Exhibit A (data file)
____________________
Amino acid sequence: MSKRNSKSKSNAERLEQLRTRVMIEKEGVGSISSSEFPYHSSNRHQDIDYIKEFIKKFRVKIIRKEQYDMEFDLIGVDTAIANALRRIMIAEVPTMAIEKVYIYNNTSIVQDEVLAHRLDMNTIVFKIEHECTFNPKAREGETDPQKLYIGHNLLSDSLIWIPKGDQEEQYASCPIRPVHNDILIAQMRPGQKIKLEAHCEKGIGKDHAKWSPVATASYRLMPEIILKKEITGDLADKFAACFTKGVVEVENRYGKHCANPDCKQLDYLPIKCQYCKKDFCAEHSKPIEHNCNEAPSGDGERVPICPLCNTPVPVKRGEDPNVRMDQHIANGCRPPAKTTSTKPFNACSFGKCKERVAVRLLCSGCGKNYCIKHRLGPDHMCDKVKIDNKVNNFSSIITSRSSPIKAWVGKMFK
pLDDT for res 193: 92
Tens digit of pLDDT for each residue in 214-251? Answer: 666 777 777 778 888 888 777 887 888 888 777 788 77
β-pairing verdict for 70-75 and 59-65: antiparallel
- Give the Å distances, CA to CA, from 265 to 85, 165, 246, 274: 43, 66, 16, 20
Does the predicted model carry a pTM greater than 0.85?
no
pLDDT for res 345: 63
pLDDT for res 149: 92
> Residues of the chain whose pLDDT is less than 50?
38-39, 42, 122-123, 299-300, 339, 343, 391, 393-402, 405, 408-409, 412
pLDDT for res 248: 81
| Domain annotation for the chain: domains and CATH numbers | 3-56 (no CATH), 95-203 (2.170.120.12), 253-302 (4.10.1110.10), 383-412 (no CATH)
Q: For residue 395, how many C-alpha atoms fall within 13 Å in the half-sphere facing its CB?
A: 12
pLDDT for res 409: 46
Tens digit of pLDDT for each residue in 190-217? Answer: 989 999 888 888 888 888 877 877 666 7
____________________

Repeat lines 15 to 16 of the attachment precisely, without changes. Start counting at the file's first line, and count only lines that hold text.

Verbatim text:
A: 12
pLDDT for res 409: 46